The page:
College of Business & Public Administration
UND political scientist encourages in-class debate among students as a way to understand current state of politics and varying ideologies of others.
Robert “Bo” Wood runs his Political Science 405 class like an interactive town hall debate, and the highly engaged UND students in it are more than happy to oblige him.
The class name alone, “Political Behavior,” suggests it might provide ample fodder for a spirited collision course of ideologies. But when the white-hot poker of a presidential election season at its apex is thrown in, the discourse can jump a notch.
“This class is all about the current election cycle,” said Wood, an associate professor of political science who’s a go-to guy among regional media for his insights on local and national trends.
With a year in politics like this one, the course textbook merely provides background material to guide class discussions on current events. The discussions drive the learning.
Wood purposely stoked the fires a bit at the beginning of the semester by slicing his classroom up by students’ political ideologies. It forced each to self-reflect on whether they considered themselves a Republican or a Democrat, a liberal or a conservative, an economic conservative versus a social conservative or even a foreign policy conservative. They also considered their stances on issues such as the environment, guns and public education.
“There’s an interesting mix in this class, but what’s cool is that they get to know each other and realize that they agree with each other on many things and disagree on other things,” Wood said.
Hannah Hasbargan, an accounting and political science double major from Wheaton, Minn., said Wood’s discussion-based class helps students understand the relevancy of current political happenings instead of solely focusing on historical perspectives. The interaction among students and Wood serves as a living textbook on what’s taking place today, she said.
“Our class is small, but quite diverse. We cover all ranges from conservative to liberal,” Hasbargan said. “We are from rural communities and cities, we hail from the Midwest and also the coasts, so to have all different perspectives and life experiences is a major part of the discussion; and that can’t be learned from a textbook.”
Students in UND’s Political Science 405 class share information and opinions on national polling trends and for the general election that will come be decided on Nov. 8. Photo by Shawna Schill.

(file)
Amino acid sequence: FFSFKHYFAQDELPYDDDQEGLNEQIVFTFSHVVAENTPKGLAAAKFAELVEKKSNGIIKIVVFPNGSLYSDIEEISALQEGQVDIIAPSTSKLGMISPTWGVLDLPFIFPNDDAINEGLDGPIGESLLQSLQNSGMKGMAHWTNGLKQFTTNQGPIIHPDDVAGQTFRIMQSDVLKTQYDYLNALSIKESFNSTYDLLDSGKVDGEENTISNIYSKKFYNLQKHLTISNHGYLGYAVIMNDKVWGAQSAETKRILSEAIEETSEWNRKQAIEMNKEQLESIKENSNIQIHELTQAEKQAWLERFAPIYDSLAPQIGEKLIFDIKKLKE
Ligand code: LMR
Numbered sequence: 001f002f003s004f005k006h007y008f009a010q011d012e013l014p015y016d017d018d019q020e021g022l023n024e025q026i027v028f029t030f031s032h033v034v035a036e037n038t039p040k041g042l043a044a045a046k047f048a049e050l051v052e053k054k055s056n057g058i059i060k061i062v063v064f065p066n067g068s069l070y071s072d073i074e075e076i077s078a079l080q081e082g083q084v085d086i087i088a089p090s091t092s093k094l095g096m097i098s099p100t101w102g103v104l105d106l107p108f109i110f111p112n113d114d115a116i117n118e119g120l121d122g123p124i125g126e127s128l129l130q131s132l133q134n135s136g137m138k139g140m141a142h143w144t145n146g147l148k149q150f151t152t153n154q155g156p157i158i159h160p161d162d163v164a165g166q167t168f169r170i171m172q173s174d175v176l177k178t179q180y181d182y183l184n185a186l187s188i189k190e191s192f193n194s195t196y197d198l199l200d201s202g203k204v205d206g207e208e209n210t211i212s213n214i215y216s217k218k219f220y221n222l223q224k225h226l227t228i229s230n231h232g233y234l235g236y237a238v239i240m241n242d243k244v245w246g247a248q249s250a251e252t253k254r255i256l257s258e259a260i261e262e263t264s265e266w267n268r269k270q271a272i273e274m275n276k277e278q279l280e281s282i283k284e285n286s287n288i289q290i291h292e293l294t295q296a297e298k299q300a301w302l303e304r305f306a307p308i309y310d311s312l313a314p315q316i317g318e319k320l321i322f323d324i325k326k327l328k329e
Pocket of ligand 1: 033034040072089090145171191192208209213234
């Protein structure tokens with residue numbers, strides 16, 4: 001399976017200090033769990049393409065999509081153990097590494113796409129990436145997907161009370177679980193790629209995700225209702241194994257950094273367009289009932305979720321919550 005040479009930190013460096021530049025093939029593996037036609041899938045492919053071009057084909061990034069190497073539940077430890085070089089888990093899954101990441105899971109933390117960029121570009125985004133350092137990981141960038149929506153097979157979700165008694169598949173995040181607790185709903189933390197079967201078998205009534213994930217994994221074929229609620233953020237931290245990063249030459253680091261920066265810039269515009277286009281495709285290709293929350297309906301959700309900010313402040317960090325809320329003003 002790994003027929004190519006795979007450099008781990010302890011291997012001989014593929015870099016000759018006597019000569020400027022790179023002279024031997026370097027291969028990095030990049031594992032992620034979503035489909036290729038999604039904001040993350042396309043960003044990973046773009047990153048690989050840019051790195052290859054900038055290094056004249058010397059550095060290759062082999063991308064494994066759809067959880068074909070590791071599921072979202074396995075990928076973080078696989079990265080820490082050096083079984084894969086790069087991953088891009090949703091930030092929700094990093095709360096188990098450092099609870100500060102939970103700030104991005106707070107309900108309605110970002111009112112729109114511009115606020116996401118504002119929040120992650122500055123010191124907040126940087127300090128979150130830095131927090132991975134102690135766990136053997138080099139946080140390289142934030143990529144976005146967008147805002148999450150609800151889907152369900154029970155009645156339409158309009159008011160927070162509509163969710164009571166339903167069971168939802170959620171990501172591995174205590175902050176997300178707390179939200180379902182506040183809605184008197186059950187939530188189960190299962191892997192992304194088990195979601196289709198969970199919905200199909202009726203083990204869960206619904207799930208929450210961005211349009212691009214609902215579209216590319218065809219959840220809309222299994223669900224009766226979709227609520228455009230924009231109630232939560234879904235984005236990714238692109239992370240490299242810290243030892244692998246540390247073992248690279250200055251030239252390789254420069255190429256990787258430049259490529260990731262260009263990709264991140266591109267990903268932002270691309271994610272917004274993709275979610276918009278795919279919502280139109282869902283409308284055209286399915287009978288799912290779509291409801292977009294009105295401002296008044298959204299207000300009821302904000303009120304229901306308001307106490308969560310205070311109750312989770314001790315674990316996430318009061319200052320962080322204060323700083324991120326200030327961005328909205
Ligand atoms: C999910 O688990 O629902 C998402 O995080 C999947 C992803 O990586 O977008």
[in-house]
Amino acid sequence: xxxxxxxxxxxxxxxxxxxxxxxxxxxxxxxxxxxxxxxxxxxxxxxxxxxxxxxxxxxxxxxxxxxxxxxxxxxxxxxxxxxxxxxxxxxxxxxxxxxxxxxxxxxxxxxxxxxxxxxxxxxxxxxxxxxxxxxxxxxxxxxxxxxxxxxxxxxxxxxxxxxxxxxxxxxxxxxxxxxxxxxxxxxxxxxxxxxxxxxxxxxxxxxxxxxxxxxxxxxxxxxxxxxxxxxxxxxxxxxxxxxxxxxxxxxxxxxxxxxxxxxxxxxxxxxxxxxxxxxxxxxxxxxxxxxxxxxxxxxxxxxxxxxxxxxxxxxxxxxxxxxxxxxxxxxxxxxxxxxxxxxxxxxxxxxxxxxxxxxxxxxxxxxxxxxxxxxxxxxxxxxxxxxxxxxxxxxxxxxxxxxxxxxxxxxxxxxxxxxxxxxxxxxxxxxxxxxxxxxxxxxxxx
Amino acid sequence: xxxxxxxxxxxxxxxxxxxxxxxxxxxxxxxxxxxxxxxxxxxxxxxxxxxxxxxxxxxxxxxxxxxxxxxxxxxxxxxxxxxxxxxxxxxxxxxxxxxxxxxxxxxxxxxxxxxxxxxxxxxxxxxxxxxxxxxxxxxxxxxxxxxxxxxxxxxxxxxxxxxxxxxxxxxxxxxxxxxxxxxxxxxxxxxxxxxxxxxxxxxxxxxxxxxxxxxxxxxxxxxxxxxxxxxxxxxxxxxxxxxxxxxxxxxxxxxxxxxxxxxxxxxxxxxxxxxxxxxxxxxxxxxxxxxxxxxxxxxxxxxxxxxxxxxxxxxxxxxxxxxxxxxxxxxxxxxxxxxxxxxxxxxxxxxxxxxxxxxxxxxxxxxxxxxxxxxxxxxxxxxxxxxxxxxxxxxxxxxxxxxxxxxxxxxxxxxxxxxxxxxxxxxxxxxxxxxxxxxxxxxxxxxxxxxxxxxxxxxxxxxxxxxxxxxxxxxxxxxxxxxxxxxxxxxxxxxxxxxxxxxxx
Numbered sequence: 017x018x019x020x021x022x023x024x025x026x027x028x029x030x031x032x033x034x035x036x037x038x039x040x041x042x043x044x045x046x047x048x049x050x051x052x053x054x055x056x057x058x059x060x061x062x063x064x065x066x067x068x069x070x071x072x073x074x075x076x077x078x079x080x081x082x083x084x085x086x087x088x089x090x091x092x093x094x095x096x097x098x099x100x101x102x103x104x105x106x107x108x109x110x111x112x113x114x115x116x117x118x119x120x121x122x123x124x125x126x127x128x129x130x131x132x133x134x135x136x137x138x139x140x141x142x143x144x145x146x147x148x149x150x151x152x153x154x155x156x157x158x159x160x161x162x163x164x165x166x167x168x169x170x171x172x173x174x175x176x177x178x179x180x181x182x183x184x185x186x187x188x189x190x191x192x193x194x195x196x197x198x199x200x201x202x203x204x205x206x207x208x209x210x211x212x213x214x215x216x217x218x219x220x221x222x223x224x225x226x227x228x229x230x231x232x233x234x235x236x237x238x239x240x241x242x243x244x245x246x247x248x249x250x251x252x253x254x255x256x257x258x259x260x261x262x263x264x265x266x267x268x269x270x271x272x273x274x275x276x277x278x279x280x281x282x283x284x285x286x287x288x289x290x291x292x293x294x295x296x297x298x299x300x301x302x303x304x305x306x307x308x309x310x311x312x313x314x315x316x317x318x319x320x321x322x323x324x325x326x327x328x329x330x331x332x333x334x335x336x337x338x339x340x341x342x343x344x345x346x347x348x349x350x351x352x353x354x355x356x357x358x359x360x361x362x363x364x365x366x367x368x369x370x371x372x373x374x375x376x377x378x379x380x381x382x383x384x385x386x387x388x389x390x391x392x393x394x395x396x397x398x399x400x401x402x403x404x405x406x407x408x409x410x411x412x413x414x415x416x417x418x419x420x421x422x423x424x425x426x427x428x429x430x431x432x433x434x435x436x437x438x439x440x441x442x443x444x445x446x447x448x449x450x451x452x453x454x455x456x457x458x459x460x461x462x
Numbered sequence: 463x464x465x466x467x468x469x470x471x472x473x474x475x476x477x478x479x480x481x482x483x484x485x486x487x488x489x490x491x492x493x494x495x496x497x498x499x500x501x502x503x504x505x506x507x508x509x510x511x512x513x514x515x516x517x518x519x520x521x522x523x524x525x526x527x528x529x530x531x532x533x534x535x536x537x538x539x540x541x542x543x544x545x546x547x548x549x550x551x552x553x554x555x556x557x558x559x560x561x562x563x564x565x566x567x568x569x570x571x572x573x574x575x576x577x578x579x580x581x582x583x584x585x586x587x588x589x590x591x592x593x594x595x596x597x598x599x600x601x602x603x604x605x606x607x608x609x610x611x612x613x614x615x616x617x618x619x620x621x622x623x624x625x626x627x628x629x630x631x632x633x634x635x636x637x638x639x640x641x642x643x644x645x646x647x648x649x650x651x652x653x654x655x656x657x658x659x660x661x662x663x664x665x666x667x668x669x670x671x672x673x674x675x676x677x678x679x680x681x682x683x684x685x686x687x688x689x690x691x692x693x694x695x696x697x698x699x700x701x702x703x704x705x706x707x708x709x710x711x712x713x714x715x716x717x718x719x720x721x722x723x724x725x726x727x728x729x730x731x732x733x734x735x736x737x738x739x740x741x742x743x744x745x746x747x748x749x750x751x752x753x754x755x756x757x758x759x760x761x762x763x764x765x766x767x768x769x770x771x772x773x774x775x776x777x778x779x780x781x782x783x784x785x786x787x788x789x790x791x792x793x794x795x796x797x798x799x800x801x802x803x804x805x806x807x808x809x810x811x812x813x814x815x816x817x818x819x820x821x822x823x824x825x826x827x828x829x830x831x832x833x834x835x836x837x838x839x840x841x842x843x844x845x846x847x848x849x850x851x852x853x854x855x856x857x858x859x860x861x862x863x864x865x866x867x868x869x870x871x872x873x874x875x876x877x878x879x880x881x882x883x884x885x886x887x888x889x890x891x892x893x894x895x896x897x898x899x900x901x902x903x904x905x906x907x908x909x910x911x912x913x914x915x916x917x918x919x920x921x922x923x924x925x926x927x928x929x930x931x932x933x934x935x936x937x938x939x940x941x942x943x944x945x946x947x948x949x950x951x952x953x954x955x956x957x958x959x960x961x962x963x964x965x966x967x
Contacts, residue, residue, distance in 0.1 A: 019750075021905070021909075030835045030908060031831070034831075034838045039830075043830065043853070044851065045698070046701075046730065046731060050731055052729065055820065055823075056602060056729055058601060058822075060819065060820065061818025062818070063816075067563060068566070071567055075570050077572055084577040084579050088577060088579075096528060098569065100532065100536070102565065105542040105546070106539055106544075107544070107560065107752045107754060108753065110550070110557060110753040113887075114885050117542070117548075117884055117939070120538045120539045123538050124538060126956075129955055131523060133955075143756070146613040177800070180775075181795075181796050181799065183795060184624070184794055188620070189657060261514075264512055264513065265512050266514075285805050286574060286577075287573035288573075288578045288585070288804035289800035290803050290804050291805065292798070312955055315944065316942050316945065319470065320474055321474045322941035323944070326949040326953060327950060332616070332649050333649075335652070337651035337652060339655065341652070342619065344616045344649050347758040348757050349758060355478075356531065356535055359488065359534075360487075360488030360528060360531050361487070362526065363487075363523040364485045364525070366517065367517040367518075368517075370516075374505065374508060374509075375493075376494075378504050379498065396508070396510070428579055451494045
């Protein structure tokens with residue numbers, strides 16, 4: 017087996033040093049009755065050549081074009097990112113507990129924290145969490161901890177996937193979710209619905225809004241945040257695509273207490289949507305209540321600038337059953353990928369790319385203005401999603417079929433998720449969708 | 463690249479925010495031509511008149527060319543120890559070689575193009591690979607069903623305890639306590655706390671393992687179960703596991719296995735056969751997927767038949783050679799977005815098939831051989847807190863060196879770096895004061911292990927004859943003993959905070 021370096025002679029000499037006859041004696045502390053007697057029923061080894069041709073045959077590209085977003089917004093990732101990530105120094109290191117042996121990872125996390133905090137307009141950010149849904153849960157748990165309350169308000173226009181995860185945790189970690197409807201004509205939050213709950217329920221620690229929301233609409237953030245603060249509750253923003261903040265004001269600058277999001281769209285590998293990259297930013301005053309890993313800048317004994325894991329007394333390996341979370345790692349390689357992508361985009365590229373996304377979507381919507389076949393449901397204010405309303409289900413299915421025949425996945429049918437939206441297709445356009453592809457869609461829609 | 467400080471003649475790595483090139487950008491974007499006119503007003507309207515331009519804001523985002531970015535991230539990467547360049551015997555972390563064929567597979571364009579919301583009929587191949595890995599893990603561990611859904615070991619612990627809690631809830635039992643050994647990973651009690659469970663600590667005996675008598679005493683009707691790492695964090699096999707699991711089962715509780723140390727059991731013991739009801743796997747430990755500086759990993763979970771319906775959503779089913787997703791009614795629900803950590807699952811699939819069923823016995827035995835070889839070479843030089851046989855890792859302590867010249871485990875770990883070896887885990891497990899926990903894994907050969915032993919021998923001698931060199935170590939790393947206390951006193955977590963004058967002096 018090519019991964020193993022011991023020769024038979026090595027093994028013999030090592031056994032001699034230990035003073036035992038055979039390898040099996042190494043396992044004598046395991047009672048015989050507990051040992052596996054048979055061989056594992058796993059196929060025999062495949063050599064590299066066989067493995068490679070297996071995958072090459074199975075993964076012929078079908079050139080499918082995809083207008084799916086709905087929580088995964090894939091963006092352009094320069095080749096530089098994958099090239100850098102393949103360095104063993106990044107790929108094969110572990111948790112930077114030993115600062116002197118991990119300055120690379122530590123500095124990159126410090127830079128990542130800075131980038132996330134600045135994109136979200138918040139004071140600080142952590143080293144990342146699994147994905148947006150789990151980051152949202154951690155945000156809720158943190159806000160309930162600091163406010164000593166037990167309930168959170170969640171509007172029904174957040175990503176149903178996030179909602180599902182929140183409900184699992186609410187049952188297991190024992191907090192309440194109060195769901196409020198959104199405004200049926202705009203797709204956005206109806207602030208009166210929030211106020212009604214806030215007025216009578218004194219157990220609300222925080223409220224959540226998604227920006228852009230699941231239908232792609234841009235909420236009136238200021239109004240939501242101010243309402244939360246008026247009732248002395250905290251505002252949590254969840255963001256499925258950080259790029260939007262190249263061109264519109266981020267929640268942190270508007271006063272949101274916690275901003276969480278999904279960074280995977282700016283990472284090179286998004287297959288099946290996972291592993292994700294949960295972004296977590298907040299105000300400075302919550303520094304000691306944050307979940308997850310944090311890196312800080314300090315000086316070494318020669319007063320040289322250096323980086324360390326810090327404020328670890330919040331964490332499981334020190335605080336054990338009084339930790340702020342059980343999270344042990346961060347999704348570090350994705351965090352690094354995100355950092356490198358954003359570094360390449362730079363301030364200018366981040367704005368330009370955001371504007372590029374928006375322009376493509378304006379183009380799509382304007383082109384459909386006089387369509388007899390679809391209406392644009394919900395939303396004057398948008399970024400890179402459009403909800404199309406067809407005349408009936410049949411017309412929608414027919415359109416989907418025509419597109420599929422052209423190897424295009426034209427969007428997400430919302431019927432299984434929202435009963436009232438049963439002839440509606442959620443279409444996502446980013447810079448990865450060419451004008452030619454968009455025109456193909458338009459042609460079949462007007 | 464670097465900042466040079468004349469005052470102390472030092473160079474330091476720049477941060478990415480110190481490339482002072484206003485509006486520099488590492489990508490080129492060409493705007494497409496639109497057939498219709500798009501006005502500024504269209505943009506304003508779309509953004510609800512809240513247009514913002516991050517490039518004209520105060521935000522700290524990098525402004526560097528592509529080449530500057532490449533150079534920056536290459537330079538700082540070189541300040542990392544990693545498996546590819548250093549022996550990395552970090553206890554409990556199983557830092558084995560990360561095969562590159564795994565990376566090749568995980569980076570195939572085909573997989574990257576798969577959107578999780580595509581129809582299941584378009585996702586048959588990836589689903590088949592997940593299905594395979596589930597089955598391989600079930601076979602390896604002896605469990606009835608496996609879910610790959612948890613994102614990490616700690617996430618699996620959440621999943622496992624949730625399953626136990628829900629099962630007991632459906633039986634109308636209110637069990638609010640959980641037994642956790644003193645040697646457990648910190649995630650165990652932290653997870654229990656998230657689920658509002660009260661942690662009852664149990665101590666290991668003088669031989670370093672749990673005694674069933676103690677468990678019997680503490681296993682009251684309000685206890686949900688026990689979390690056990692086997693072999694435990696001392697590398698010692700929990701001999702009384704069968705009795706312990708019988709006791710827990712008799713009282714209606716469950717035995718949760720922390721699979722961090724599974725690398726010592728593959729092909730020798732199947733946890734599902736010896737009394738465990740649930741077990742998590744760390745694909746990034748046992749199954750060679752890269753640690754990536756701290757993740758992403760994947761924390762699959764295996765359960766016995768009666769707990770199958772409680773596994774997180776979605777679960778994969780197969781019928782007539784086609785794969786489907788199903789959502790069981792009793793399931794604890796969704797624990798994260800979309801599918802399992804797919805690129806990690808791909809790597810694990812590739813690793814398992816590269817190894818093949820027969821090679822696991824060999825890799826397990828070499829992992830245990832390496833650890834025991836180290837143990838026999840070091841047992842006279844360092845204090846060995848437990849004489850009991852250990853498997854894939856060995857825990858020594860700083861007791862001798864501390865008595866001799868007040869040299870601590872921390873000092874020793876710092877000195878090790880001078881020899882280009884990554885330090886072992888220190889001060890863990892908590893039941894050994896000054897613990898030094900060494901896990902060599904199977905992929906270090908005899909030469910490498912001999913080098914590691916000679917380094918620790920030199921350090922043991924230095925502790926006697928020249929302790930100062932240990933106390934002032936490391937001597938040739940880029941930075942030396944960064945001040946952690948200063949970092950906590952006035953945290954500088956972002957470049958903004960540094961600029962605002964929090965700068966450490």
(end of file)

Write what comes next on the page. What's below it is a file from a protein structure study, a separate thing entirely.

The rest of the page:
Wood’s classes are a free-flow form of discussion, with him serving as a facilitator who isn’t shy about playing the role of Devil’s Advocate, regardless of topic or personal ideology.
“I can argue pretty much any side of any issue,” Wood said. “I will always take the other side if I don’t feel one side is being represented or fully articulated.”
During a particular class last week, Wood was poised to talk about the political parties’ nominating processes, how they came to be, what’s wrong with them and how they might be fixed, based on where they were on the course syllabus. But Wood didn’t get around to the intended lecture until the 40-minute point of the hour-and-15-minute class.
The preceding time was dominated by open discussions on the evolution of political polling, media bias in the current election cycle, whether the upcoming general election will be rigged and flashbacks to the aftermath of Bush-Gore in 2000, and the feeling that radical political operatives might resort to anarchy if election results aren’t to their liking.
Students in the class offered up friendly arguments representing varying ideologies for each of the topics. It began in a polite fashion but as the discussion progressed and evolved, the back-and-forth resembled more of a spirited political debate. Through it all, Wood kept the discussion on track while his students displayed an impressive grasp of historical influences that have led to the state of current politics.
Wood, later reflecting how the class went, said that’s just how engaged UND students are.
“These are our people; they are good,” Wood said. “They are the next generation of North Dakota leaders.”
Wood said, usually, when it comes to politics people tend to have knee-jerk reactions to others with whom they disagree. They immediately dismiss others as being “stupid” or crazy.”
“And that’s just because you don’t understand how they got to where they are,” Wood says.
He said he uses his Political Behavior class to help his students transcend those knee-jerk tendencies by surrounding them with others who are highly intelligent but ideologically foreign.
“I try to encourage enough diversity of thought and enough variety of viewpoints that, by the end of the class, (the students) come to realize that people who disagree with them politically just see the world in a different way, and that if their life experiences had been similar, they may well have reached the same conclusions,” Wood said.
Dodds, David L., "Model Behavior" (2016). UND News Archive. 1391.